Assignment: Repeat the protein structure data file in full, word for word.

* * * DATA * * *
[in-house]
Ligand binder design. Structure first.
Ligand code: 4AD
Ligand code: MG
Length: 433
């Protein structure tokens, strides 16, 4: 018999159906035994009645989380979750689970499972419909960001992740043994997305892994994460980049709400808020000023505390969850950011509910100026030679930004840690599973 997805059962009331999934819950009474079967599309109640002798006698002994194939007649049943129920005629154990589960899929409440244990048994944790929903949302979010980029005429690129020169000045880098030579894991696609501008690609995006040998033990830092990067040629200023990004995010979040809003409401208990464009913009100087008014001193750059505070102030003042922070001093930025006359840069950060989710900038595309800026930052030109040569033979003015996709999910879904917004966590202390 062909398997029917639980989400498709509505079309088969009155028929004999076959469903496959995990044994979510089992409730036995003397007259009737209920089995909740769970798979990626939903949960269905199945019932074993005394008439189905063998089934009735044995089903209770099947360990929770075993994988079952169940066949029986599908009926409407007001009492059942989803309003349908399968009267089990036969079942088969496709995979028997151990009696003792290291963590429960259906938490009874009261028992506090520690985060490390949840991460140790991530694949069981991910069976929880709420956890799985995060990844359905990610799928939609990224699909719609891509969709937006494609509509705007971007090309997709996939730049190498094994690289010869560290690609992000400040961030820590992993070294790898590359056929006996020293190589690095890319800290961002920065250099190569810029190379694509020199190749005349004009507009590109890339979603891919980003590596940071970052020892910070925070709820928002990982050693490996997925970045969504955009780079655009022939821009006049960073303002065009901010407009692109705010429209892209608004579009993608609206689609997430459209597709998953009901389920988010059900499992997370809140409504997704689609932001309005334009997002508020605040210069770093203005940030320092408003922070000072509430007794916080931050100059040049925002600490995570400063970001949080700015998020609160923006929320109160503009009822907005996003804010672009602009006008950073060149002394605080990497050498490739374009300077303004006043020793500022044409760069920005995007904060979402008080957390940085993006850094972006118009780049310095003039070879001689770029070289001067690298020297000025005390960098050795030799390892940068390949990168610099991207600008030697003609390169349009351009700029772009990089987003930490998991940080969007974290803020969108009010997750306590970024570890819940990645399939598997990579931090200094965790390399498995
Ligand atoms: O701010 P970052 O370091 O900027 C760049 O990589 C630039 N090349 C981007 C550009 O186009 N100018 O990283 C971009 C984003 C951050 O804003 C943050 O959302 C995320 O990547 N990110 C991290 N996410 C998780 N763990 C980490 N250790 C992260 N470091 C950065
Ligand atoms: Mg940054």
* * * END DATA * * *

[in-house]
Ligand binder design. Structure first.
Ligand code: 4AD
Ligand code: MG
Length: 433
């Protein structure tokens, strides 16, 4: 018999159906035994009645989380979750689970499972419909960001992740043994997305892994994460980049709400808020000023505390969850950011509910100026030679930004840690599973 997805059962009331999934819950009474079967599309109640002798006698002994194939007649049943129920005629154990589960899929409440244990048994944790929903949302979010980029005429690129020169000045880098030579894991696609501008690609995006040998033990830092990067040629200023990004995010979040809003409401208990464009913009100087008014001193750059505070102030003042922070001093930025006359840069950060989710900038595309800026930052030109040569033979003015996709999910879904917004966590202390 062909398997029917639980989400498709509505079309088969009155028929004999076959469903496959995990044994979510089992409730036995003397007259009737209920089995909740769970798979990626939903949960269905199945019932074993005394008439189905063998089934009735044995089903209770099947360990929770075993994988079952169940066949029986599908009926409407007001009492059942989803309003349908399968009267089990036969079942088969496709995979028997151990009696003792290291963590429960259906938490009874009261028992506090520690985060490390949840991460140790991530694949069981991910069976929880709420956890799985995060990844359905990610799928939609990224699909719609891509969709937006494609509509705007971007090309997709996939730049190498094994690289010869560290690609992000400040961030820590992993070294790898590359056929006996020293190589690095890319800290961002920065250099190569810029190379694509020199190749005349004009507009590109890339979603891919980003590596940071970052020892910070925070709820928002990982050693490996997925970045969504955009780079655009022939821009006049960073303002065009901010407009692109705010429209892209608004579009993608609206689609997430459209597709998953009901389920988010059900499992997370809140409504997704689609932001309005334009997002508020605040210069770093203005940030320092408003922070000072509430007794916080931050100059040049925002600490995570400063970001949080700015998020609160923006929320109160503009009822907005996003804010672009602009006008950073060149002394605080990497050498490739374009300077303004006043020793500022044409760069920005995007904060979402008080957390940085993006850094972006118009780049310095003039070879001689770029070289001067690298020297000025005390960098050795030799390892940068390949990168610099991207600008030697003609390169349009351009700029772009990089987003930490998991940080969007974290803020969108009010997750306590970024570890819940990645399939598997990579931090200094965790390399498995
Ligand atoms: O701010 P970052 O370091 O900027 C760049 O990589 C630039 N090349 C981007 C550009 O186009 N100018 O990283 C971009 C984003 C951050 O804003 C943050 O959302 C995320 O990547 N990110 C991290 N996410 C998780 N763990 C980490 N250790 C992260 N470091 C950065
Ligand atoms: Mg940054």